I was quite excited to find this blog post but now that I’ve read it, I’m a little disappointed. It’s a bit wishy washy in the way academic articles can be and doesn’t really get much further than defining corruption and categorising it as high-level and low-level.
The reason for that is probably the extreme complexity of the issue under examination — simply taking a handful of countries and establishing some relationship between their respective levels of corruption and growth doesn’t make sense because there are too many other factors at play. Economists always try to take a ‘partial derivative’, linearised view of the world (ie, all else equal, find a single driving variable), since that’s the most obvious way to decompose a complex issue into aspects that can be studied individually, but there are inevitable limitations to how effective this approach can be at the macro level, where there are dozens of significant variables, with unknown cross-effects that are likely deserving of separate study.
It’s clear that corruption impedes growth and development, indirectly through economically suboptimal allocation of resources and directly through the increased costs it imposes. Beyond that, it’s pretty hard to make any substantial, justifiable statement. Perhaps rather than drilling until some tenuous relationship is established, the focus should be to establish how corruption becomes systemic and what measures can be taken to prevent this from happening. In places like Pakistan where corruption is an everyday occurrence, people simply assume it will continue unimpeded and price it in as a cost of business. We know there it is exacerbated by extreme social inequality, exceptionally poor pay for officials, and a bizarre mindset (particularly in communities like the Memons) that considers bribes a mark of respect and an essential element in building necessary relationships with officials. In short, there’s a significant cultural component to corruption that must not be obscured by the economic aspect.
Of course, once corruption becomes so commonplace that society’s perception of it vacillates between necessary evil and competitive advantage, obvious steps like making examples of a few chosen offenders become useless, and even attempts to tackle the root issues — such as the double-salary schemes offered by the Federal Board of Revenue under reforms agreed with the World Bank — are only marginally effective. Certainly, gimmicky (the National Accountability Bureau is a massive sham) and/or highly focussed measures (the double-salary scheme was only offered to key officials) are a waste of time and not deserving of discussion. Bold steps, applied with commitment and consistency and monitored actively, are needed in order to remove the root causes and steadily (if slowly) rub out corruption. And of course, these steps would need to address each facet of the problem.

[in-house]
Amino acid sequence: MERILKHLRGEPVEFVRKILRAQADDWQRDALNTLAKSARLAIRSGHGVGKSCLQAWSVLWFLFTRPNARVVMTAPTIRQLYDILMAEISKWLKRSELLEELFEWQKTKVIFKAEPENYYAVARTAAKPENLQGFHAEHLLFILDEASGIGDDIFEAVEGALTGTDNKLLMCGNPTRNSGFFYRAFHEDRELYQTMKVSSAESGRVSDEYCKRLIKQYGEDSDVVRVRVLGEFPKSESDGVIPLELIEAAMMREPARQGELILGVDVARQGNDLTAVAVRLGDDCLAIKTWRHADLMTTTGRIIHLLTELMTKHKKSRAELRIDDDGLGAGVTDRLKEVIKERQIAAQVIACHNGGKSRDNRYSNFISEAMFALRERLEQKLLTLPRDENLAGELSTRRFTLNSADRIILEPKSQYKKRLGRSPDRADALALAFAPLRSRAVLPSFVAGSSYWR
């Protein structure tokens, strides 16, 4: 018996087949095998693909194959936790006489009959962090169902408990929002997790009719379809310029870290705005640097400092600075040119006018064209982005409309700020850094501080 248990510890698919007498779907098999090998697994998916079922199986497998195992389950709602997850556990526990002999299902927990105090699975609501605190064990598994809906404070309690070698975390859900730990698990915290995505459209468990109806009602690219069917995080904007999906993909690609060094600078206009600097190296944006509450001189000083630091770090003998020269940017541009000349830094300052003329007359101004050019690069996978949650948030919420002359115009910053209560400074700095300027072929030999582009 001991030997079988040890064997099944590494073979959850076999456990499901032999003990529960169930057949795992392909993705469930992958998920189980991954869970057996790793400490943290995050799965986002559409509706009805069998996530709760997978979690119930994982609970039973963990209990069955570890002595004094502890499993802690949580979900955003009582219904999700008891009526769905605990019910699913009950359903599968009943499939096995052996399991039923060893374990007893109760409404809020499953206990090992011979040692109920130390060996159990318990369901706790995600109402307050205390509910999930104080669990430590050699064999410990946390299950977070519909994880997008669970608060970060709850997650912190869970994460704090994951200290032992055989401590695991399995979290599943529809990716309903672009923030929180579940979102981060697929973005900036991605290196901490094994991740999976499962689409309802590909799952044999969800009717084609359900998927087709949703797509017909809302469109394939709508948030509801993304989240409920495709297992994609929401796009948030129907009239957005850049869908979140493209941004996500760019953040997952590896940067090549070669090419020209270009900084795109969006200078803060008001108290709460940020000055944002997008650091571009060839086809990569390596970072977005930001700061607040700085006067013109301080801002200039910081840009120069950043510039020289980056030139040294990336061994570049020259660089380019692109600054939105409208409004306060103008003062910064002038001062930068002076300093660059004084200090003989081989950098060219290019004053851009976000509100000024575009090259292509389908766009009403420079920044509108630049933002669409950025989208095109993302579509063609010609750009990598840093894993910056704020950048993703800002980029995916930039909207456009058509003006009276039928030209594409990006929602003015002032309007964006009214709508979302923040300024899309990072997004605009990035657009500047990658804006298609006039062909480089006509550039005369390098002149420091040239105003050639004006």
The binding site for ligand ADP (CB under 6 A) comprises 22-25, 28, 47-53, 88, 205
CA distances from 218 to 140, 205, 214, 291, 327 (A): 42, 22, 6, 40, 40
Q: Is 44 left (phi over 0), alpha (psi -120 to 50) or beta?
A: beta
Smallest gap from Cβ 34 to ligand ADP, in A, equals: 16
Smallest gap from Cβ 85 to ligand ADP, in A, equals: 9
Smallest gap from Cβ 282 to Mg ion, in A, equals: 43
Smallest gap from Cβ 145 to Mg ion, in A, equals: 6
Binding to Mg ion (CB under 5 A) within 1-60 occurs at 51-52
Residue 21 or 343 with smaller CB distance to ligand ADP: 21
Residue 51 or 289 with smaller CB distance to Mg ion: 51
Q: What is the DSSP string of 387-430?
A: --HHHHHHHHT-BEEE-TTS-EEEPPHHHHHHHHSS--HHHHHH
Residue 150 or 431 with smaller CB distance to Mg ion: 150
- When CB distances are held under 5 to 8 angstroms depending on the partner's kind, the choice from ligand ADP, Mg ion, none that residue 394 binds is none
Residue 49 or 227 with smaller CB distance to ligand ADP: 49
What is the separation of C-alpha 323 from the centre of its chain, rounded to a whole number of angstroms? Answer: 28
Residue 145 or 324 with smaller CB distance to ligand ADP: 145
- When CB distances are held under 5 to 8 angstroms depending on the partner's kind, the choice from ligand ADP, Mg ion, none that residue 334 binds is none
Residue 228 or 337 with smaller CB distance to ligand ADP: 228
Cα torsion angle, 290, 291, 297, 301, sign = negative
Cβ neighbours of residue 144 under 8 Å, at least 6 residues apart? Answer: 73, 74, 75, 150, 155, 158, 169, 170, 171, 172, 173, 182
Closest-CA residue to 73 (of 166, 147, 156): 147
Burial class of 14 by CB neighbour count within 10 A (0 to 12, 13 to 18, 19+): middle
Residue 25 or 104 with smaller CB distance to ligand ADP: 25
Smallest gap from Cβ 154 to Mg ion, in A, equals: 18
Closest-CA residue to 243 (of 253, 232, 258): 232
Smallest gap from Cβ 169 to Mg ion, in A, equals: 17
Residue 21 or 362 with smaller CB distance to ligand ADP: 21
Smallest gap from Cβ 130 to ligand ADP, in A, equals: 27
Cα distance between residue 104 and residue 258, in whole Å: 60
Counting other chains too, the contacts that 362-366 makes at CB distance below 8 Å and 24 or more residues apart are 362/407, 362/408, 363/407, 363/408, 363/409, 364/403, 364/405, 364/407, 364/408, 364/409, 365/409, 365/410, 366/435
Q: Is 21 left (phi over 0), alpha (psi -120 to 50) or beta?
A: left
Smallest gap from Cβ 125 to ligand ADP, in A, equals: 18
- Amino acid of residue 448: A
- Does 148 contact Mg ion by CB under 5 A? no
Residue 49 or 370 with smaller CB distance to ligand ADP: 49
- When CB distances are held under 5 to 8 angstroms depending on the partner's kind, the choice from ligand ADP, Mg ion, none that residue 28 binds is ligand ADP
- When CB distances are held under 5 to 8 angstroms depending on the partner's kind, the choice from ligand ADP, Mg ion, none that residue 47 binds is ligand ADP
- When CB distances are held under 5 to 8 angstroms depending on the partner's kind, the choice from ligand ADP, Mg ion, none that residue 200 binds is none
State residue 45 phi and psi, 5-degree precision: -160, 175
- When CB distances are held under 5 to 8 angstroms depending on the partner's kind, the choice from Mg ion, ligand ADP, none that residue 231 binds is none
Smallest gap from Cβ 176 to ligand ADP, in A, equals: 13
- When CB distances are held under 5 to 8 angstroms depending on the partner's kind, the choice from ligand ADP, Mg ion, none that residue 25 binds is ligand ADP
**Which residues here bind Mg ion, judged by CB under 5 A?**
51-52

One bold step might be to draw the problem out into daylight by legitimising and regularising the bribes officials are already taking in the form of some minimal extra fee; this would be additional remuneration for providing a service. This immediately circumvents the problem of burdening the government with higher payroll and actually encourages efficiency in directing the remuneration to those who have earned it. In an indirect way, it might also go some way in addressing the cultural issues (continuing to pick on Memons — assuming they don’t pay doctors more than their quoted fee, I don’t see why they would feel obliged to push further bribes on officials). Doing this would likely create issues of nepotism in the allocation of official duties and potentially harmful competition between colleagues, but these are straightforward problems with more obvious solutions. The government would simultaneously have to empower citizens to report negligence or incompetence or — more tricky — officials charging in excess of the permitted fee. With sufficient political will and clout to aggressively prosecute citizens and officials who continue to flout the law, maybe we would have a workable system.
(Holy never-ending-sentence-alert, Batman! My brain isn’t working these days…)